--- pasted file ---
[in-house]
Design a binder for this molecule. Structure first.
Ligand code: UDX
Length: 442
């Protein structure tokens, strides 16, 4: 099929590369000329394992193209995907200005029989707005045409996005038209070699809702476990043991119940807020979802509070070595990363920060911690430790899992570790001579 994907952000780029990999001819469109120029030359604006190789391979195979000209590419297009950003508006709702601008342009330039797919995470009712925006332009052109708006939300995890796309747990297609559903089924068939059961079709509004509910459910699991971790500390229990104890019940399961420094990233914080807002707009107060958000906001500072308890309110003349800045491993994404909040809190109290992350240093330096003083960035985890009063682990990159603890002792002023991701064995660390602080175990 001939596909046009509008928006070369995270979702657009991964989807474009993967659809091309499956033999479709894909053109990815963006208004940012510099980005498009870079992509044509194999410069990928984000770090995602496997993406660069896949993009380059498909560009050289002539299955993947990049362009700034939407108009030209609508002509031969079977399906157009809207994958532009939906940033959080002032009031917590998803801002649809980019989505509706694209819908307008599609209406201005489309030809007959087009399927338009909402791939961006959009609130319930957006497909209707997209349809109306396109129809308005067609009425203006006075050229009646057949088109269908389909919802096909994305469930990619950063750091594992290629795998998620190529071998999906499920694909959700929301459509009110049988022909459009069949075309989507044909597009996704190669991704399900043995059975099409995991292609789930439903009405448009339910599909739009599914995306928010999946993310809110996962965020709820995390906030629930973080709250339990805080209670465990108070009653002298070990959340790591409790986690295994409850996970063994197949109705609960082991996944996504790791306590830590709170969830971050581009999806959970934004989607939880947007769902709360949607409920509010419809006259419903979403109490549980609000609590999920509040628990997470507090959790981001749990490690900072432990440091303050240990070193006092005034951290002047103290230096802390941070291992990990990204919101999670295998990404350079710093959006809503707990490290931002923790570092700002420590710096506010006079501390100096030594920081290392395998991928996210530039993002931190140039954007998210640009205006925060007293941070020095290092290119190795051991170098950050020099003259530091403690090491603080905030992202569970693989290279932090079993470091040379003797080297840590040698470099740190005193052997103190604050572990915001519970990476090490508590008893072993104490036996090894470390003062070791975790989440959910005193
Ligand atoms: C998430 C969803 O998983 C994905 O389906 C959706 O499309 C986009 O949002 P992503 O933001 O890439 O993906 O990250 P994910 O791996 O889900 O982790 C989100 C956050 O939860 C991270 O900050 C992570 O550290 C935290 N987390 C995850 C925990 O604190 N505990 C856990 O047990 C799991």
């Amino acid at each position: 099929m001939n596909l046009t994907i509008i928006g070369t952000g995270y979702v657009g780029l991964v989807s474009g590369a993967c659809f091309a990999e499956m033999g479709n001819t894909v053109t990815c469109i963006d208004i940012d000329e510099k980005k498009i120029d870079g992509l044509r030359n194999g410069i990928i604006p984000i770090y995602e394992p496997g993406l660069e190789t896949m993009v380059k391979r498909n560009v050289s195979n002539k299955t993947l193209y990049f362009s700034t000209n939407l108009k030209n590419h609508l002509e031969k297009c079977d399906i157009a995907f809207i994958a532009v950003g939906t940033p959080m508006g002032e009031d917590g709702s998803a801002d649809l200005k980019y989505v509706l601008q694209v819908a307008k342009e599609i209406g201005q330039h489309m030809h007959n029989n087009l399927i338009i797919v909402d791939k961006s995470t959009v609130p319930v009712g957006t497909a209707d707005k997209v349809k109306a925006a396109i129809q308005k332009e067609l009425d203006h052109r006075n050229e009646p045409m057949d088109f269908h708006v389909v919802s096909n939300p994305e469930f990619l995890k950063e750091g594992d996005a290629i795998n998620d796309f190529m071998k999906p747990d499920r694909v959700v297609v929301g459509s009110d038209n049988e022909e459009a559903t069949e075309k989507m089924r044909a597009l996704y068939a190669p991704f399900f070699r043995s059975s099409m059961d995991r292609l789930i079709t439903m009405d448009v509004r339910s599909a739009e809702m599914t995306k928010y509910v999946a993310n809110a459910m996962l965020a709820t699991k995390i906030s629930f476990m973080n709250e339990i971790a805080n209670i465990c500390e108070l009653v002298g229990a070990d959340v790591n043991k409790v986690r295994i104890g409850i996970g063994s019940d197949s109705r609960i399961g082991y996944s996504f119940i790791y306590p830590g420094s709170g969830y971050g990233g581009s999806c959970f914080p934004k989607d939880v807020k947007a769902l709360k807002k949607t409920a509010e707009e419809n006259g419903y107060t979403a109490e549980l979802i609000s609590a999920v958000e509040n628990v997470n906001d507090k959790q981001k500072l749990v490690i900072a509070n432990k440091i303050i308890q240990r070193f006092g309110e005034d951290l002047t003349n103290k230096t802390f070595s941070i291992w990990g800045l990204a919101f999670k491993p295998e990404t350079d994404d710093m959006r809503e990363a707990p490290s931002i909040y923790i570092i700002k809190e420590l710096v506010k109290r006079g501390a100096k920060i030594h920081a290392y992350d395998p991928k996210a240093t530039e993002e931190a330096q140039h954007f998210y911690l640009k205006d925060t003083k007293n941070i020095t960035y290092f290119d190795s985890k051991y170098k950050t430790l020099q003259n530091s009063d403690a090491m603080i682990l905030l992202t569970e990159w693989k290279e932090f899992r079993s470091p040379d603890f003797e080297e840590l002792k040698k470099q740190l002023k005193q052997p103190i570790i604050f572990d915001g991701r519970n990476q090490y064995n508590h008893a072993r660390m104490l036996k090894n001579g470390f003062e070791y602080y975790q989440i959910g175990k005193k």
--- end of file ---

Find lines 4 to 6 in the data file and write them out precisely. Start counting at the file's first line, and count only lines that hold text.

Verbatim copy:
Length: 442
């Protein structure tokens, strides 16, 4: 099929590369000329394992193209995907200005029989707005045409996005038209070699809702476990043991119940807020979802509070070595990363920060911690430790899992570790001579 994907952000780029990999001819469109120029030359604006190789391979195979000209590419297009950003508006709702601008342009330039797919995470009712925006332009052109708006939300995890796309747990297609559903089924068939059961079709509004509910459910699991971790500390229990104890019940399961420094990233914080807002707009107060958000906001500072308890309110003349800045491993994404909040809190109290992350240093330096003083960035985890009063682990990159603890002792002023991701064995660390602080175990 001939596909046009509008928006070369995270979702657009991964989807474009993967659809091309499956033999479709894909053109990815963006208004940012510099980005498009870079992509044509194999410069990928984000770090995602496997993406660069896949993009380059498909560009050289002539299955993947990049362009700034939407108009030209609508002509031969079977399906157009809207994958532009939906940033959080002032009031917590998803801002649809980019989505509706694209819908307008599609209406201005489309030809007959087009399927338009909402791939961006959009609130319930957006497909209707997209349809109306396109129809308005067609009425203006006075050229009646057949088109269908389909919802096909994305469930990619950063750091594992290629795998998620190529071998999906499920694909959700929301459509009110049988022909459009069949075309989507044909597009996704190669991704399900043995059975099409995991292609789930439903009405448009339910599909739009599914995306928010999946993310809110996962965020709820995390906030629930973080709250339990805080209670465990108070009653002298070990959340790591409790986690295994409850996970063994197949109705609960082991996944996504790791306590830590709170969830971050581009999806959970934004989607939880947007769902709360949607409920509010419809006259419903979403109490549980609000609590999920509040628990997470507090959790981001749990490690900072432990440091303050240990070193006092005034951290002047103290230096802390941070291992990990990204919101999670295998990404350079710093959006809503707990490290931002923790570092700002420590710096506010006079501390100096030594920081290392395998991928996210530039993002931190140039954007998210640009205006925060007293941070020095290092290119190795051991170098950050020099003259530091403690090491603080905030992202569970693989290279932090079993470091040379003797080297840590040698470099740190005193052997103190604050572990915001519970990476090490508590008893072993104490036996090894470390003062070791975790989440959910005193
Ligand atoms: C998430 C969803 O998983 C994905 O389906 C959706 O499309 C986009 O949002 P992503 O933001 O890439 O993906 O990250 P994910 O791996 O889900 O982790 C989100 C956050 O939860 C991270 O900050 C992570 O550290 C935290 N987390 C995850 C925990 O604190 N505990 C856990 O047990 C799991």